House passes rail safety bill

September 24, 2008 5:35:47 PM PDT
Spurred by the recent train crash that killed 25 people in Los Angeles, the House passed sweeping rail safety legislation Wednesday requiring more rest for workers and technology that can stop a train in its tracks if it's headed for collision. At least one of the measures could have made a difference in the Sept. 12 head-on collision between a freight train and a commuter train - the nation's deadliest rail crash since 1993.

Lawmakers scurried to reach agreement on the safety bill in the wake of the disaster, which happened when a Southern California Metrolink commuter train failed to stop at a red light and ended up on the same track as an oncoming freight.

"I'm heartened that we're considering this bill now and I hope it's offering some small degree of comfort to the families that are suffering after the recent Metrolink disaster in California," said Rep. Bill Shuster, R-Pa., before the House passed the legislation by voice vote.

It now goes to the Senate, where prospects for passage are uncertain in the dwindling legislative hours before Congress adjourns for the election at the end of this week.

Investigators are looking at engineer fatigue as a possible factor in the Metrolink crash, and the Federal Railroad Administration says that so-called positive train control technology would have prevented the crash.

The technology can engage the brakes if a train misses a signal or gets off-track. The bill requires it to be installed by 2015 on all rail lines that carry passengers and on freight lines that carry hazardous materials.

That date may be too soon for the railroad industry, which says it supports positive train control but opposed a congressionally mandated timeline, but not soon enough for some lawmakers eager to move quickly on safety in the wake of the L.A. crash.

The package wraps in legislation reauthorizing Amtrak for five years and providing $13 billion for the carrier. Some of that money would go to matching grants to help states set up or expand rail service.

The Amtrak portion of the legislation also establishes a program for private companies to bid to develop high-speed rail corridors on the East Coast, a private sector component pushed by Republicans who have been wary of what they've seen as ever-growing subsidies to Amtrak.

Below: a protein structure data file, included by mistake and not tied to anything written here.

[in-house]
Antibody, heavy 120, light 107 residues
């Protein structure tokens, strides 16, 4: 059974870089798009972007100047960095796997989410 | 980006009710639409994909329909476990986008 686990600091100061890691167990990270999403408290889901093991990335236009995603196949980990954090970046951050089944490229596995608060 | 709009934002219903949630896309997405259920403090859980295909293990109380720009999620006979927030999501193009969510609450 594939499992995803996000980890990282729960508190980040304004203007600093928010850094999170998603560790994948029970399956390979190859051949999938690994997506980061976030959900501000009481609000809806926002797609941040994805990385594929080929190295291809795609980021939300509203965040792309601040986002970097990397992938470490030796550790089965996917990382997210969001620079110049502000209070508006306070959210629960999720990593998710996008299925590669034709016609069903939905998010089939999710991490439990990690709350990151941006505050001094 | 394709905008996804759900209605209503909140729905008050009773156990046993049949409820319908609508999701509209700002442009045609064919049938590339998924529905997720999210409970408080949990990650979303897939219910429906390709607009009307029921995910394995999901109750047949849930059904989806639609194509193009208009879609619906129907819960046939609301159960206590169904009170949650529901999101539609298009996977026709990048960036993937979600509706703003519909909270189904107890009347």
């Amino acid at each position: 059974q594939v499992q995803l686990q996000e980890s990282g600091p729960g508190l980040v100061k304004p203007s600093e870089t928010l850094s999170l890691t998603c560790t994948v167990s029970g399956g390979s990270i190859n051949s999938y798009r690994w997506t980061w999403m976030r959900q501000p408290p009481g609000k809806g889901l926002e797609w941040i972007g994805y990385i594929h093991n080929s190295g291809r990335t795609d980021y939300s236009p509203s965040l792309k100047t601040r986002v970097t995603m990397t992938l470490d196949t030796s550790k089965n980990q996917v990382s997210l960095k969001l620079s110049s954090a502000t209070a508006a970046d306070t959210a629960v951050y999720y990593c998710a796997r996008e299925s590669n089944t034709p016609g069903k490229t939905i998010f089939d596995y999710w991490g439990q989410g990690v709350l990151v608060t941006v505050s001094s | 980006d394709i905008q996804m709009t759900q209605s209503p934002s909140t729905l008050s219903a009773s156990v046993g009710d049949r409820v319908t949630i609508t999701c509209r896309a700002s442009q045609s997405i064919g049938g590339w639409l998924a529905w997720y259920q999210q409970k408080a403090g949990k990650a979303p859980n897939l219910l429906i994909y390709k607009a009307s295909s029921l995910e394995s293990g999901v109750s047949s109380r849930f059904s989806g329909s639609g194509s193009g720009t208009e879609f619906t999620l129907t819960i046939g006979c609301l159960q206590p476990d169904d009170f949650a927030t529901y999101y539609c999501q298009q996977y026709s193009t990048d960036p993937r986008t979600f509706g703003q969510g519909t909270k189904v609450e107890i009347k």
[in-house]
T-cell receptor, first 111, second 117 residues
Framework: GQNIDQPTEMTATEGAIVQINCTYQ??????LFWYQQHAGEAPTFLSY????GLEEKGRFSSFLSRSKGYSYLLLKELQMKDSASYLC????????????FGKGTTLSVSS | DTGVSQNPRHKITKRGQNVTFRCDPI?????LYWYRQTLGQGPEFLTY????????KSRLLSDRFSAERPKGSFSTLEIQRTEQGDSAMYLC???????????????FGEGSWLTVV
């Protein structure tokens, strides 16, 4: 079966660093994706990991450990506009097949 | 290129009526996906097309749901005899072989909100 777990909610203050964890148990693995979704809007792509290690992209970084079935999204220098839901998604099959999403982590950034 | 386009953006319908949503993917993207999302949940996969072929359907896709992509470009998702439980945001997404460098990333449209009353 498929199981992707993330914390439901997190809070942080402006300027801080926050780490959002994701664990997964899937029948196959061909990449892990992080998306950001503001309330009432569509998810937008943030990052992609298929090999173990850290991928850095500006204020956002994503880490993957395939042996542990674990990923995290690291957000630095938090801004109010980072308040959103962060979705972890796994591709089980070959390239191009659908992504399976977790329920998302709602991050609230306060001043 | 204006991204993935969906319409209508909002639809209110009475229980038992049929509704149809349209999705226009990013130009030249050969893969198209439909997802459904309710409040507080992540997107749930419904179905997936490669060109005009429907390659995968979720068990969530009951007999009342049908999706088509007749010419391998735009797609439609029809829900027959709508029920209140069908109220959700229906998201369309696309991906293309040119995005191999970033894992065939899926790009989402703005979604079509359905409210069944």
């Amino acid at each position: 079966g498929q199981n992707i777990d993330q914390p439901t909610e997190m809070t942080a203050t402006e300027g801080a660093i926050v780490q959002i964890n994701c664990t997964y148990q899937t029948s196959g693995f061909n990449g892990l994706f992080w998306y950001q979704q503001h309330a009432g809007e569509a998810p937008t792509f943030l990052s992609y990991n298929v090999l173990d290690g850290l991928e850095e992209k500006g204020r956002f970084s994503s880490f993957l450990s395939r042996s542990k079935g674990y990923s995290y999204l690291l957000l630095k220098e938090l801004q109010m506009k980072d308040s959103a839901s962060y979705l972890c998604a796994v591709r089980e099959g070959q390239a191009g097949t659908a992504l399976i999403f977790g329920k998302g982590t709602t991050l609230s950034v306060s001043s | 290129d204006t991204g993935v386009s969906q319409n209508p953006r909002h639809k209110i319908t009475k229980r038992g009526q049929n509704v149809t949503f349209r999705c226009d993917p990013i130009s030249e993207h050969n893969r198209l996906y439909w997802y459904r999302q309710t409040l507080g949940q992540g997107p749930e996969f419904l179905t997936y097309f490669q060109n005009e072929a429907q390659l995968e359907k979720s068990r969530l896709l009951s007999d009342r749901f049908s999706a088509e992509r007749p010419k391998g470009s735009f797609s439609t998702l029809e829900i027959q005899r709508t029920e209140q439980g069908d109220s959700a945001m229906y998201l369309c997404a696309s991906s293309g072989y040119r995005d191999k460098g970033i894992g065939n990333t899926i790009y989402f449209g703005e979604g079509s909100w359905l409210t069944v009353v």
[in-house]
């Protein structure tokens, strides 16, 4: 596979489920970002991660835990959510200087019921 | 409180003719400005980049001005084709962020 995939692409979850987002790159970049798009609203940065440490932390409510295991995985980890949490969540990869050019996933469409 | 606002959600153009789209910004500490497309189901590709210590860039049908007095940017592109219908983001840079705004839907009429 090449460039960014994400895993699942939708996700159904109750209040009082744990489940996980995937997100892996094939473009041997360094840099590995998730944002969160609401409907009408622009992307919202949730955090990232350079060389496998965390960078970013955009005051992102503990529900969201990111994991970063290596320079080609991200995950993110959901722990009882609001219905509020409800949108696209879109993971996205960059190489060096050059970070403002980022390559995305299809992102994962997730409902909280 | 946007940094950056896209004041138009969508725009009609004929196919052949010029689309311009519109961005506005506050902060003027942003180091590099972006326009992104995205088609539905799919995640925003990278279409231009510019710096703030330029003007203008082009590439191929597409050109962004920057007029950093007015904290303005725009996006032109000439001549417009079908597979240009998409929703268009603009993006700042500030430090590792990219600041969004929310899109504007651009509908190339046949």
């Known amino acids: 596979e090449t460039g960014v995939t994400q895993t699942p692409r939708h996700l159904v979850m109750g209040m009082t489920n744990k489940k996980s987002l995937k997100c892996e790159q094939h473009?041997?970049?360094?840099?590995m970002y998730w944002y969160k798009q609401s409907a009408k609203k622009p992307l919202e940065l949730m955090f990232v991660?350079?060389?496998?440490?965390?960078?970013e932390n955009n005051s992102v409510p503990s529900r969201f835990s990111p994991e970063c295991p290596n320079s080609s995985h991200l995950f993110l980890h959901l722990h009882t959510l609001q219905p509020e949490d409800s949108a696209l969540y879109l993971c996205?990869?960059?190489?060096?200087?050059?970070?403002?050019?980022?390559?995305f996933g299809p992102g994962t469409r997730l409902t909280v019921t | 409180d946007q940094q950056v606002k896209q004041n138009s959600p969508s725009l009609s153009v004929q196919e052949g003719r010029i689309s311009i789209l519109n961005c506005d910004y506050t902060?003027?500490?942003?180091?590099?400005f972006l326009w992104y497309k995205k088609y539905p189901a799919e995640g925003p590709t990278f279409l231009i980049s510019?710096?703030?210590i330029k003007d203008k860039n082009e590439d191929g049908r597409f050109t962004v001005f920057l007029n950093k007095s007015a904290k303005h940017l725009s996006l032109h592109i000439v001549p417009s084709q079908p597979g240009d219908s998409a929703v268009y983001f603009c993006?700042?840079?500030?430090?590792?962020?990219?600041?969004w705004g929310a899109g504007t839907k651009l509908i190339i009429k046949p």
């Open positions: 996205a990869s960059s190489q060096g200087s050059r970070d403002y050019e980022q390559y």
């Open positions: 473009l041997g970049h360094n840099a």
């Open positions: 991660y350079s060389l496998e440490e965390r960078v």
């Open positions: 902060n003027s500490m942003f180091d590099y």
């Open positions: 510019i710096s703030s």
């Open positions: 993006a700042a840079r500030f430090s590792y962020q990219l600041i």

Amtrak's previous authorization expired in 2002. The carrier's supporters say a new authorization will allow Amtrak to make long-range plans and take advantage of what they say is a growing appetite for passenger rail.

"As Amtrak ridership continues to hit record levels, our bill gives passenger rail the resources it needs to meet the nation's increased demands," said Sen. Frank Lautenberg, D-N.J. Lautenberg authored the Senate versions of the rail safety and Amtrak bills, both of which had previously passed the House and Senate by wide margins. Lawmakers hadn't reached agreement on final package until late Tuesday.

The rail safety portion amounts to the first major rail safety reforms since the 1994 Federal Railroad Safety Authorization Act, which expired in 1998, leaving the Federal Railroad Administration operating under an expired law for the past 10 years.

The bill that passed Tuesday reauthorizes the railroad administration through 2013 and provides $1.6 billion for rail safety programs during that time.

A key provision is the requirement for installation of positive train control, but Tom White, a spokesman for the American Association of Railroads, said he wasn't sure the 2015 deadline was obtainable.

"When you're dealing with new technology that hasn't in some cases been developed yet, it's very hard to say that a specific deadline is doable," White said. "Having said that, we're going to move forward as swiftly as we can."

The package would cap the monthly hours train crews can work at 276. An outdated law that currently governs train crew hours allows them to work more than 400 hours per month, compared to 100 hours per month for commercial airline pilots.